Simon Spilak (Katusha) soloed to victory on stage five of the Criterium du Dauphine as the Russian team celebrated their second win in two days.
Meanwhile Chris Froome (Team Sky), who was beaten by Spilak to a stage win in Romandie, finished safely in the bunch – despite the best efforts of Alberto Contador (Tinkoff-Saxo) to cut his lead on the undulating course.
A large crash just 14 kilometres into the race caused problems for several teams, with Sylvain Chavanel (IAM Cycling), Jack Bobridge (Belkin), Jose Ivan Gutierrez (Movistar) and Jerome Pineau (IAM Cycling) all being brought down.
Geraint Thomas and Danny Pate (Team Sky) were both caught up in the incident too, while Hayden Roulston (Trek Factory Racing) and Pineau were forced to abandon.
It prompted the bunch to slow the pace down to allow them to rejoin, but hostilities were quickly resumed as several riders sought to earn a gap.
At the back, the pace proved too much for Michal Kwiatkowski (Omega Pharma-Quickstep) and Kevin Reza (Team Europcar) among others, both of whom were dropped.
A large, strong break eventually went clear with Alessandro de Marchi (Cannondale), Jan Bakelants (Omega Pharma-Quickstep), Blel Kadri (Ag2r-La Mondiale) and Damiano Caruso (Cannondale) all up the road again.
French champion Arthur Vichot (FDJ.fr), Daryl Impey (Orica-GreenEDGE), Darwin Atapuma (BMC Racing) and Tour de Romandie runner-up Simon Spilak (Katusha) all added to the calibre of the group meanwhile – which once Jens Voigt (Trek Factory Racing) bridged across numbered 17 riders.
With such firepower up the road, the break was dangerous enough to prompt a strong chase from the peloton, keeping the gap at around four minutes.
De Marchi racked up the climbing points, overhauling Reza’s King of the Mountains lead in the process, but it was not until the penultimate descent that the action truly kicked off.
With riders including Christophe Le Mevel (Cofidis) and Mikael Cherel (Ag2r-La Mondiale) attacking the bunch up the road, Alberto Contador (Tinkoff-Saxo) spotted his opportunity and attacked on the descent of the Col de la Morte.
Team-mate Nicki Sorensen crashed heavily on the descent, but Contador continued to push hard on the front.
He soon bridged to some of the original breakaway riders, with his lead over the bunch more than a minute at one stage.
Sky organised the chase well, however, Froome being led by the resurgent Richie Porte and Mikel Nieve, while Astana – with Vincenzo Nibali and Jakob Fuglsang – and Andrew Talanksy (Garmin-Sharp) lent a hand at the front.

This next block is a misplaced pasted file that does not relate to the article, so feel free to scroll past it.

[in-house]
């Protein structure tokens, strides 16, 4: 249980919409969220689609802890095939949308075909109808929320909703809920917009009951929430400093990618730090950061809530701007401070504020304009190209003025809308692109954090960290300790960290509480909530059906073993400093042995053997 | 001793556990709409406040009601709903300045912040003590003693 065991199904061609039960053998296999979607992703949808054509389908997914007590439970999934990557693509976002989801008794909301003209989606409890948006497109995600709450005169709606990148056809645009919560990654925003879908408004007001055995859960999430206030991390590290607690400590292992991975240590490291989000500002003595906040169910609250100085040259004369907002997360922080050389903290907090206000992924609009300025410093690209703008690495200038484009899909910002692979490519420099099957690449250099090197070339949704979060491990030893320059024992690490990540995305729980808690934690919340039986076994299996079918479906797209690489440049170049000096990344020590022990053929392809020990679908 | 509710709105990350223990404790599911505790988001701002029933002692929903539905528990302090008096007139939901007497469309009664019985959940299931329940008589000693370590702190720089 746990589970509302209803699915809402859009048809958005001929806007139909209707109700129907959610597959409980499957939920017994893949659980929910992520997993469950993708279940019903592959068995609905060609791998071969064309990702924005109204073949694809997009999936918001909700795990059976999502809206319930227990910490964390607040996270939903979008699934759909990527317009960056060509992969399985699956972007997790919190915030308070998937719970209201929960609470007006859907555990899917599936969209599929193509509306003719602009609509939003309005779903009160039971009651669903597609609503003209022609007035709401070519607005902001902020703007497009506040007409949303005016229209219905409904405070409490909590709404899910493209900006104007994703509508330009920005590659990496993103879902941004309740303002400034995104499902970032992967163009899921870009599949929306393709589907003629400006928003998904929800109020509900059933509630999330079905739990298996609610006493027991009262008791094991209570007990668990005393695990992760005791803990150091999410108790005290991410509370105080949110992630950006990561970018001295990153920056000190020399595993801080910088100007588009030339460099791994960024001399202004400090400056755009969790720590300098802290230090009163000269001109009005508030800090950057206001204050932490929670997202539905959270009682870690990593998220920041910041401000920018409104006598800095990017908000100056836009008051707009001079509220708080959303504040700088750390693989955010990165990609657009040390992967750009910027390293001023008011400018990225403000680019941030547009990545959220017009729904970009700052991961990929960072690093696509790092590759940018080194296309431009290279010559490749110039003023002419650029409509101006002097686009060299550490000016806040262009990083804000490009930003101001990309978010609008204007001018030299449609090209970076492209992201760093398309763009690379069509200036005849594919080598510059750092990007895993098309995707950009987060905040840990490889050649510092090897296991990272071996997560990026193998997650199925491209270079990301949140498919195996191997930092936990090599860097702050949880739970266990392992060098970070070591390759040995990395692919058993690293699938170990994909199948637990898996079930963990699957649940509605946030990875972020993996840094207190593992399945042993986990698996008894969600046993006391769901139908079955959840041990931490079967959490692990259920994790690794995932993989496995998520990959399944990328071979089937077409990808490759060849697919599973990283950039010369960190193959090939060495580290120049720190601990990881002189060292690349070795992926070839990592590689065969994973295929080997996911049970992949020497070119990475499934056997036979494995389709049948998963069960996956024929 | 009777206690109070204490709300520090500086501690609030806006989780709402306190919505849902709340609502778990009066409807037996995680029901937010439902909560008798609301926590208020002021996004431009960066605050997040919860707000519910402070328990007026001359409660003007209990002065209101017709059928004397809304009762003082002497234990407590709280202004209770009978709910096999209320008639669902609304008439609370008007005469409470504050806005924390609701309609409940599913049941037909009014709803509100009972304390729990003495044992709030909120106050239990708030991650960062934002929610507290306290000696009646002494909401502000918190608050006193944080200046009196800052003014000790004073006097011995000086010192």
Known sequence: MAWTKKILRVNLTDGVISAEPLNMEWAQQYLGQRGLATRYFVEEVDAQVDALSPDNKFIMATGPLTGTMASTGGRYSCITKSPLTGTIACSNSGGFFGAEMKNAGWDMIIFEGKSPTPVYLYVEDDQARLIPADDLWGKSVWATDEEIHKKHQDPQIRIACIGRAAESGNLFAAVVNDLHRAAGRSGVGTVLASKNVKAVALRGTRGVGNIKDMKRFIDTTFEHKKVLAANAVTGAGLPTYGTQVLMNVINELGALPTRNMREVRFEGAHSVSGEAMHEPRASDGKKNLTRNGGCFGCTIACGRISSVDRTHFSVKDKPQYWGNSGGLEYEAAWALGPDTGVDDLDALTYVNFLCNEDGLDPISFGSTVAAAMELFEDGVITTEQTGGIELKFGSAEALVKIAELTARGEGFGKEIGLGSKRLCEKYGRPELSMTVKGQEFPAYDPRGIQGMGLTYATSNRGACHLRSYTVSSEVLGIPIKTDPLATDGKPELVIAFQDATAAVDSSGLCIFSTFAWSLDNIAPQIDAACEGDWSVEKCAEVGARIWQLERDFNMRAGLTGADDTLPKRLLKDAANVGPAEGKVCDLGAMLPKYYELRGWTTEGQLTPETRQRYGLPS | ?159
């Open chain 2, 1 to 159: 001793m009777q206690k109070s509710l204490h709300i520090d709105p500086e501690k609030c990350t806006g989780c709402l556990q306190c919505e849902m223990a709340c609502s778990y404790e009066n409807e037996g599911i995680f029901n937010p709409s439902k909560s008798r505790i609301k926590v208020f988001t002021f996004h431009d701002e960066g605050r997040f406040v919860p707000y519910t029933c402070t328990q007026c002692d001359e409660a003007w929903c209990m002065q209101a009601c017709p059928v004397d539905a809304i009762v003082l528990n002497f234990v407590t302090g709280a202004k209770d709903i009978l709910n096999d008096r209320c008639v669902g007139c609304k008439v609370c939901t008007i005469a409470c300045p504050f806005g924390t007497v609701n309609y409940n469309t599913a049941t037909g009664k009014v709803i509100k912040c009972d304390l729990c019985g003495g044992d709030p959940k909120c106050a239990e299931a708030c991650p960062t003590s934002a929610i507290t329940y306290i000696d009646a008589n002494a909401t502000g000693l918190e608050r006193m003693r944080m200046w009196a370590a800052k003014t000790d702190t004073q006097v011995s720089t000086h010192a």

At the front, Spilak attacked to earn a solo lead while Contador continued to eke out an advantage further back.
Porte rode hard on the front of the bunch however and, as soon as the roads levelled out, Contador’s lead was quickly eaten into.
He was eventually caught with 17 kilometres to go, though Sky’s work was by no means over as the attacks and counter-attacks started around them.
Each time, however, any attempt at an escape was countered by Porte and Nieve who buried themselves for Froome.
Question marks over Porte’s fitness were certainly answered, before he eventually peeled off to leave Froome to finish the job off.
Up the road, Spilak continued to hold his lead – looking as comfortable as he did riding alongside Froome in Romandie.
Back in the bunch, one final attack – by Adam Yates (Orica-GreenEDGE) and Wilco Kelderman (Belkin) – saw them earn a slender lead over the remaining GC contenders.
Daryl Impey (Orica-GreenEDGE) set about disrupting the chase, angrily waving away a motorbike whom he felt was aiding Froome and Contador’s chase.
At the front, Spilak was not to be caught though – taking the time to savour Katusha’s second consecutive victory.
Behind him Froome chased hard to keep the group in check, but he could not prevent Kelderman crossing in second to earn sufficient bonus points to pull him level with Contador in second overall.
Criterium du Dauphine 2014: stage five – result
1) Simon Spilak (SVN) – Team Katusha – 4.51.24hrs
2) Wilco Kelderman (NED) – Belkin Pro Cycling +14”
3) Adam Yates (GBR) – Orica-GreenEDGE – ST
4) Daryl Impey (SAF) – Orica-GreenEDGE +17”
5) Romain Bardet (FRA) – Ag2r-La Mondiale – ST
6) Daniel Moreno (ESP) – Team Katusha
7) Tanel Kangert (EST) – Astana
8) Damiano Caruso (ITA) – Cannondale
9) Arthur Vichot (FRA) – FDJ.fr
10) Leopold Konig (CZE) – Team NetApp-Endura
1) Chris Froome (GBR) – Team Sky – 19.01.00hrs
2) Alberto Contador (ESP) – Tinkoff-Saxo +12”
3) Wilco Kelderman (NED) – Belkin Pro Cycling – ST
4) Andrew Talansky (USA) – Garmin-Sharp +33”
5) Jurgen van den Broeck (BEL) – Lotto-Belisol +35”
6) Vincenzo Nibali (ITA) – Astana +50”
7) Haimar Zubeldia (ESP) – Trek Factory Racing +1.22
8) Jakob Fuglsang (DEN) – Astana – ST
9) Adam Yates (GBR) – Orica-GreenEDGE +1.24
10) Tanel Kangert (EST) – Astana +1.35